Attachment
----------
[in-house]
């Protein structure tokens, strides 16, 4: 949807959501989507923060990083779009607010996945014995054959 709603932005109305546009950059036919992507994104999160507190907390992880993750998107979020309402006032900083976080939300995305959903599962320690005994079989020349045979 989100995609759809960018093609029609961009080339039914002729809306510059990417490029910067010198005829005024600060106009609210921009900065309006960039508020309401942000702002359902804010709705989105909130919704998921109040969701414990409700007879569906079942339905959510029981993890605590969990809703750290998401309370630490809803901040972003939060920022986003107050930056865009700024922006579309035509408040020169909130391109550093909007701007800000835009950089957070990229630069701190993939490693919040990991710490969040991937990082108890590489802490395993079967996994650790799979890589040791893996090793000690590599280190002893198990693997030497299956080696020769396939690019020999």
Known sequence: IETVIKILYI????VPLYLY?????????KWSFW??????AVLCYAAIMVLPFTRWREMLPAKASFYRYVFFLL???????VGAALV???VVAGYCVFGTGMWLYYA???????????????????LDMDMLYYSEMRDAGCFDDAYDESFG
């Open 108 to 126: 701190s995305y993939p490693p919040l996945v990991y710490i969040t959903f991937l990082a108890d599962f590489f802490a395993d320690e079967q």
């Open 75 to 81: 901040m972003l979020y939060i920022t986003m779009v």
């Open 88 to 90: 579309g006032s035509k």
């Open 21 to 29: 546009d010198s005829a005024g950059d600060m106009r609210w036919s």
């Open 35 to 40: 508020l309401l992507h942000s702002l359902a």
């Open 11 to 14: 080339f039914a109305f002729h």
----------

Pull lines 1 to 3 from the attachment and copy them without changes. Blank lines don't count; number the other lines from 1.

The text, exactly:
[in-house]
């Protein structure tokens, strides 16, 4: 949807959501989507923060990083779009607010996945014995054959 709603932005109305546009950059036919992507994104999160507190907390992880993750998107979020309402006032900083976080939300995305959903599962320690005994079989020349045979 989100995609759809960018093609029609961009080339039914002729809306510059990417490029910067010198005829005024600060106009609210921009900065309006960039508020309401942000702002359902804010709705989105909130919704998921109040969701414990409700007879569906079942339905959510029981993890605590969990809703750290998401309370630490809803901040972003939060920022986003107050930056865009700024922006579309035509408040020169909130391109550093909007701007800000835009950089957070990229630069701190993939490693919040990991710490969040991937990082108890590489802490395993079967996994650790799979890589040791893996090793000690590599280190002893198990693997030497299956080696020769396939690019020999």
Known sequence: IETVIKILYI????VPLYLY?????????KWSFW??????AVLCYAAIMVLPFTRWREMLPAKASFYRYVFFLL???????VGAALV???VVAGYCVFGTGMWLYYA???????????????????LDMDMLYYSEMRDAGCFDDAYDESFG